Isaac B. Singer: A Life

Flo­rence Noiville; Cather­ine Temer­son, trans.
  • Review
By – November 7, 2011

This acces­si­ble biog­ra­phy of the Yid­dish writer Isaac Bashe­vis Singer ben­e­fits great­ly from Flo­rence Noiville’s inter­views with Singer’s fam­i­ly, par­tic­u­lar­ly his son, and his friends, includ­ing his per­son­al assis­tant and edi­tors. Noiville gra­cious­ly incor­po­rates their rec­ol­lec­tions into a fine account of Singer’s writ­ing process. The details she pro­vides illu­mi­nate the many con­tra­dic­tions in the author’s per­son­al and pro­fes­sion­al life. 

Noiville also recon­structs the events of Singer’s child­hood in Poland. Using excerpts from Singer’s writ­ing to sup­ple­ment her research, she traces the devel­op­ment of his writ­ing career from War­saw to New York City. Noiville deft­ly explores the young Singer’s moti­va­tions and inse­cu­ri­ties, above all his feel­ings of infe­ri­or­i­ty next to his broth­er Israel Joshua, a famous author in his own right.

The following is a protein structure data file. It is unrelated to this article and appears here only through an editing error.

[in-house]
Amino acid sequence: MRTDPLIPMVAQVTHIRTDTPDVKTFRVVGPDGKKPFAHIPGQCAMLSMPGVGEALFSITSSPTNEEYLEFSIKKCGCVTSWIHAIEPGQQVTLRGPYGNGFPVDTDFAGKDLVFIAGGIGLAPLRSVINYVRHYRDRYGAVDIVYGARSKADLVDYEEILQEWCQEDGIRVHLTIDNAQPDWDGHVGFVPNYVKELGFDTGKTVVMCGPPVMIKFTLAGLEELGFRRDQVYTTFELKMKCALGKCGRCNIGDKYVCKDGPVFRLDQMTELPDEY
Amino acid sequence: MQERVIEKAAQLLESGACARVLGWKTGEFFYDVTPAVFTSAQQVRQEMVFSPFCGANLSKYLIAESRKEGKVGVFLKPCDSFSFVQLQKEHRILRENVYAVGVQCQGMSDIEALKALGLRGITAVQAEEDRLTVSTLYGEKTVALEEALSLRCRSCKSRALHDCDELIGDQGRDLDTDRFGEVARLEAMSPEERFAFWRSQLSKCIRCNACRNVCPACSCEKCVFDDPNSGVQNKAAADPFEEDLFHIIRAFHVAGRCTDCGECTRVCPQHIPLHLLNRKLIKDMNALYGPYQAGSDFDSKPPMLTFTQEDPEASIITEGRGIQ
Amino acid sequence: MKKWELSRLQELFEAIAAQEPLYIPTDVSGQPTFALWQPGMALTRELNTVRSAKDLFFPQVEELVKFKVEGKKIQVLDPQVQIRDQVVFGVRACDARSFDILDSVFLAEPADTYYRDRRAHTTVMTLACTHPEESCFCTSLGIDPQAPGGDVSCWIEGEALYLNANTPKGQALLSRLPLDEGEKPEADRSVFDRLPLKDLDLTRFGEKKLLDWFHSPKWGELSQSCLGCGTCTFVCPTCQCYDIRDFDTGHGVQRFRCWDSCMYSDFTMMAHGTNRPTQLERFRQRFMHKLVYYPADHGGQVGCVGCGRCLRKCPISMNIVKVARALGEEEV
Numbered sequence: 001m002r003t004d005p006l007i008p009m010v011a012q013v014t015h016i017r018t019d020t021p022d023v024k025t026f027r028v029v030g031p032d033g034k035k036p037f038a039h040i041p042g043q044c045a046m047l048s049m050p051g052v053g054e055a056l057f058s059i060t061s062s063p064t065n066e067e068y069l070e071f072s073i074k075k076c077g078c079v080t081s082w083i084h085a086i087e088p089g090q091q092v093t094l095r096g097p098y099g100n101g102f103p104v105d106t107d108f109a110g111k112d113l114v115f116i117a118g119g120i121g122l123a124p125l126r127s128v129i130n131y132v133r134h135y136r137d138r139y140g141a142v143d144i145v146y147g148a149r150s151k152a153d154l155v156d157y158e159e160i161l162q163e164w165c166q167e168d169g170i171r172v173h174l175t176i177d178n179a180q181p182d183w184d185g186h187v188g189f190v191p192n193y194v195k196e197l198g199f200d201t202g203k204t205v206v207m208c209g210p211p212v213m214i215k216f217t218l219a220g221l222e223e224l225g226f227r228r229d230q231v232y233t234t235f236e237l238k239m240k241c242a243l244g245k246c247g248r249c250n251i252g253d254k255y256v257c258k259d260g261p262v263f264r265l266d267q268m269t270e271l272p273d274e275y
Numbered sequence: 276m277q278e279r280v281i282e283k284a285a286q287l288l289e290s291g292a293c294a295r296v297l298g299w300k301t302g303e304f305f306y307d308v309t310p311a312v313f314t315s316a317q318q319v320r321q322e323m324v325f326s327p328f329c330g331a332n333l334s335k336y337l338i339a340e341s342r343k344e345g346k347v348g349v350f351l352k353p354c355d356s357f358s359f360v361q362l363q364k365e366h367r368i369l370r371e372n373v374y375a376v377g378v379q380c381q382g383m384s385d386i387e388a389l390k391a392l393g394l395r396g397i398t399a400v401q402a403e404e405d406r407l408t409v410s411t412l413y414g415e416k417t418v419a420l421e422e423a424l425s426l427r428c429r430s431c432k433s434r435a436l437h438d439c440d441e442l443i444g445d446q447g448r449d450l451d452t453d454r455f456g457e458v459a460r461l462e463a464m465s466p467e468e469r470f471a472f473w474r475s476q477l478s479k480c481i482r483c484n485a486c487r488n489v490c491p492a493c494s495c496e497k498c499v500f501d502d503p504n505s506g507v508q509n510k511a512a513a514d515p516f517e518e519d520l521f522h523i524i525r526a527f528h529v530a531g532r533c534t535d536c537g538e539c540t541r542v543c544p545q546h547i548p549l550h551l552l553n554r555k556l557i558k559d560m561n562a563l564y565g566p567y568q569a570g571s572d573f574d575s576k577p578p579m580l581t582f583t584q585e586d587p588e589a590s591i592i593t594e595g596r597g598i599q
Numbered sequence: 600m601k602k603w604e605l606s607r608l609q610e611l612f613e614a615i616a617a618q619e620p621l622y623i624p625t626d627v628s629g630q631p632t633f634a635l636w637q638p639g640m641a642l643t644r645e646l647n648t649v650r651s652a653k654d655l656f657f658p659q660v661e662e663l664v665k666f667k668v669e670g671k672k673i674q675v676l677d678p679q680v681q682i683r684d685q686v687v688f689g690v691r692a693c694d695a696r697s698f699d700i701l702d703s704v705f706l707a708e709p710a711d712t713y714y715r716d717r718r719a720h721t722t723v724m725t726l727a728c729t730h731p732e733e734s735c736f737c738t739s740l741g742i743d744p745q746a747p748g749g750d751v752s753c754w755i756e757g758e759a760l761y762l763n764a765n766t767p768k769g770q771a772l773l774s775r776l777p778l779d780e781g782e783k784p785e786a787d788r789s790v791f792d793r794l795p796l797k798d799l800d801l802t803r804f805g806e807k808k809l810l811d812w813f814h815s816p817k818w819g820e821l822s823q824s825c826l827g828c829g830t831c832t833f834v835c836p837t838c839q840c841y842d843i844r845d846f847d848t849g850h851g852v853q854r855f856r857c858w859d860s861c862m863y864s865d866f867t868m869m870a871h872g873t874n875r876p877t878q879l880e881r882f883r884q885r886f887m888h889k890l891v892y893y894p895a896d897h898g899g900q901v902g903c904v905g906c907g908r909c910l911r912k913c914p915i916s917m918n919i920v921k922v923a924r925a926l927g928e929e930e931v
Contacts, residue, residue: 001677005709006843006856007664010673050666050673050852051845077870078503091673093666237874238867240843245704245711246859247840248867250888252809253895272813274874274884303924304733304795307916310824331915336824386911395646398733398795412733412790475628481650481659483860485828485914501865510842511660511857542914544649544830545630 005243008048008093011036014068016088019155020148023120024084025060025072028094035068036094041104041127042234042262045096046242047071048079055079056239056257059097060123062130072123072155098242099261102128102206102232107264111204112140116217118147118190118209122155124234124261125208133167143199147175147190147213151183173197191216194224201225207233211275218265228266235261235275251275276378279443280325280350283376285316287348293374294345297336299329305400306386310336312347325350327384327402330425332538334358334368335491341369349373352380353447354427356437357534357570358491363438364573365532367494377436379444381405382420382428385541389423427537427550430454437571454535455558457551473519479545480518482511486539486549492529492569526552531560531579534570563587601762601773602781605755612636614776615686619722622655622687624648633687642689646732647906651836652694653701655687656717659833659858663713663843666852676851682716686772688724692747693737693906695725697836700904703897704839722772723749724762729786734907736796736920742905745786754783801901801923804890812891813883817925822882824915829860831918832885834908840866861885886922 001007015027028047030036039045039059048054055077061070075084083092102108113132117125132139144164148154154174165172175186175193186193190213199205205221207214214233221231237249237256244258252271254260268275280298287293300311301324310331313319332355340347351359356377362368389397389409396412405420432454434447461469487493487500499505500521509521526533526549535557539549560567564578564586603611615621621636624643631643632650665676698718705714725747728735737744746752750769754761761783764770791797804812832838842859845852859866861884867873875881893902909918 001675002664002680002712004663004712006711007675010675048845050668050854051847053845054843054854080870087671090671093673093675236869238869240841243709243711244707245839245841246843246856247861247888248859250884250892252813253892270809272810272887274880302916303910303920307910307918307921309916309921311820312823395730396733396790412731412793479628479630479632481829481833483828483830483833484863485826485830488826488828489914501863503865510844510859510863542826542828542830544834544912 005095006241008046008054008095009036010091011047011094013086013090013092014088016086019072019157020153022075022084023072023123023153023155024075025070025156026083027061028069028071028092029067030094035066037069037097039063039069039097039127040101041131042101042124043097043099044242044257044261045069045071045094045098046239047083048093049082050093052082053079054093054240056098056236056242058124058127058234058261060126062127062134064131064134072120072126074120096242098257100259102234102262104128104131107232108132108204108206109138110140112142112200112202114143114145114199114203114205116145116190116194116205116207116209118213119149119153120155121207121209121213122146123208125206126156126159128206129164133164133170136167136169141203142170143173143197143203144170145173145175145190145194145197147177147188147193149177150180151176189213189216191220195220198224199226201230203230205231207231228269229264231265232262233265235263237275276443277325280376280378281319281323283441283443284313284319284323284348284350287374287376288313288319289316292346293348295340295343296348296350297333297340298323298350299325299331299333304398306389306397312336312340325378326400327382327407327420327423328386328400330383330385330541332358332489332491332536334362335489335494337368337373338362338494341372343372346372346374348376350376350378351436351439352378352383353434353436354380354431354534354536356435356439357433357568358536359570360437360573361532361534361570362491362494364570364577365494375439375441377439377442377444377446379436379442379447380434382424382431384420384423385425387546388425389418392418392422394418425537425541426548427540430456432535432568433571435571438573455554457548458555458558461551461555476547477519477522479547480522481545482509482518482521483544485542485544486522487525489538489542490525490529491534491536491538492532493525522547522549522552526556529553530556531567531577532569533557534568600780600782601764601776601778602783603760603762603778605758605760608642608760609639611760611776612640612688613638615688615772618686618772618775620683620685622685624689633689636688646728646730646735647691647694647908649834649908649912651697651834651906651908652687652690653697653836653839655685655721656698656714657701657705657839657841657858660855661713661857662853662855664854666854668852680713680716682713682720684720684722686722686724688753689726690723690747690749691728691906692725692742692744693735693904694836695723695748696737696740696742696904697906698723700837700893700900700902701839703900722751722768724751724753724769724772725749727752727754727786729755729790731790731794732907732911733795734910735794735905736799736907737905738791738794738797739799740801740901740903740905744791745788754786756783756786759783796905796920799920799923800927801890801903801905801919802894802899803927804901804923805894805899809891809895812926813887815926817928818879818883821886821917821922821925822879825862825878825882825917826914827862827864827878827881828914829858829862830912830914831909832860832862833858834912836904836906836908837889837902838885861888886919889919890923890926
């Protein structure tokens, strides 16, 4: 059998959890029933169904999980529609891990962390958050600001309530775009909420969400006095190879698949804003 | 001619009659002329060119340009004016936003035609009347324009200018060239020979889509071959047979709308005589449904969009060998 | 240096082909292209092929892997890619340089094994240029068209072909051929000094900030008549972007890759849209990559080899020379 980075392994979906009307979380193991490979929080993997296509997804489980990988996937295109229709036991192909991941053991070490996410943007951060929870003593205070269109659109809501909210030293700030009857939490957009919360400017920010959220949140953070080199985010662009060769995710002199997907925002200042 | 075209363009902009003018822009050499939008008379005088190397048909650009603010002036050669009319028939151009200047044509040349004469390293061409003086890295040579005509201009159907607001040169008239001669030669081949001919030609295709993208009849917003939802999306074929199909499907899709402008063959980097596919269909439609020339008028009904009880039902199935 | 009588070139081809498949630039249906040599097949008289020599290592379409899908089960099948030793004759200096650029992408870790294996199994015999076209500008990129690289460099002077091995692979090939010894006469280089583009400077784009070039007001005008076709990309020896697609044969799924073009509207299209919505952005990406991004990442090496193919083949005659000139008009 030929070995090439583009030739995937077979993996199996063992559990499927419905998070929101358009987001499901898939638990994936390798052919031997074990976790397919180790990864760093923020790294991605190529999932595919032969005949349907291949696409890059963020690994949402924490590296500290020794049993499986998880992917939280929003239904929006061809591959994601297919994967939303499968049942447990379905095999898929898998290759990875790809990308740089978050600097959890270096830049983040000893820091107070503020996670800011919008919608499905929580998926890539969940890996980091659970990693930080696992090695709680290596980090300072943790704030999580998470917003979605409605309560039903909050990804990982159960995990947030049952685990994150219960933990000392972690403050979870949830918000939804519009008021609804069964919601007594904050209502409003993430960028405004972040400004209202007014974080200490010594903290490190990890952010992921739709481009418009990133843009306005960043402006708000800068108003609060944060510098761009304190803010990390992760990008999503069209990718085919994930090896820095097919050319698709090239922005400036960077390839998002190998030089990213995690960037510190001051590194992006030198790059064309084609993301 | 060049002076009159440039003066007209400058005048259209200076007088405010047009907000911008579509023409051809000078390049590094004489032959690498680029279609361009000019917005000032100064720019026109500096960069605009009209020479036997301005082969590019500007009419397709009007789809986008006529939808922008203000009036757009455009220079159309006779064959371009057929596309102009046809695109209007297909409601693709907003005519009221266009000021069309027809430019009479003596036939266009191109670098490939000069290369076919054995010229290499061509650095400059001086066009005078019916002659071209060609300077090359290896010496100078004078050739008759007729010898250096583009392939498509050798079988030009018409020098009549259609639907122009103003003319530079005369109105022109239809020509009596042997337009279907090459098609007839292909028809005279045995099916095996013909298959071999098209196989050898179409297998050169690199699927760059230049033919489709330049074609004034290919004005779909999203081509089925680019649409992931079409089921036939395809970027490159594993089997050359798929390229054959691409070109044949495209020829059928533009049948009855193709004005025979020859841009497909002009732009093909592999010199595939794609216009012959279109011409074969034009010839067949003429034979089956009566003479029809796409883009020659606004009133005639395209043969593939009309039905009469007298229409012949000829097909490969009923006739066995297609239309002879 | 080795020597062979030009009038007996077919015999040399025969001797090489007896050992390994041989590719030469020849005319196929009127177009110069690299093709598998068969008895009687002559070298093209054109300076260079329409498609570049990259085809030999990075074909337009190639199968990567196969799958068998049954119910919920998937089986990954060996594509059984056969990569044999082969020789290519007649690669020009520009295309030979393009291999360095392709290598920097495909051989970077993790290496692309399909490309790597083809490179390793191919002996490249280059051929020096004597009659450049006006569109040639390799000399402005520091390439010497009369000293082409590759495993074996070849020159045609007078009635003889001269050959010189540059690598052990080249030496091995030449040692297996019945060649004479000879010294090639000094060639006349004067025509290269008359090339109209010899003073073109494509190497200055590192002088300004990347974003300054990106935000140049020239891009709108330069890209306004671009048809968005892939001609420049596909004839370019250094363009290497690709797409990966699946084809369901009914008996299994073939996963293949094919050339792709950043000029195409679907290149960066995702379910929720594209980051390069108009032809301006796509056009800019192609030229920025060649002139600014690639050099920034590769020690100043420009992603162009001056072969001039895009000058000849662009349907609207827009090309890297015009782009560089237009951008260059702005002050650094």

The trans­la­tion is grace­ful and clear, obvi­ous­ly reflect­ing excel­lent writ­ing in the orig­i­nal. Cer­tain­ly a good resource for aca­d­e­m­ic research, the book is well suit­ed for the more casu­al read­er as well. Index, notes, photography.

Rachel Sara Rosen­thal is an envi­ron­men­tal attor­ney in Wash­ing­ton, DC. Orig­i­nal­ly from Greens­boro, North Car­oli­na, she grad­u­at­ed from Duke Uni­ver­si­ty in 2003 and Colum­bia Uni­ver­si­ty School of Law in 2006.

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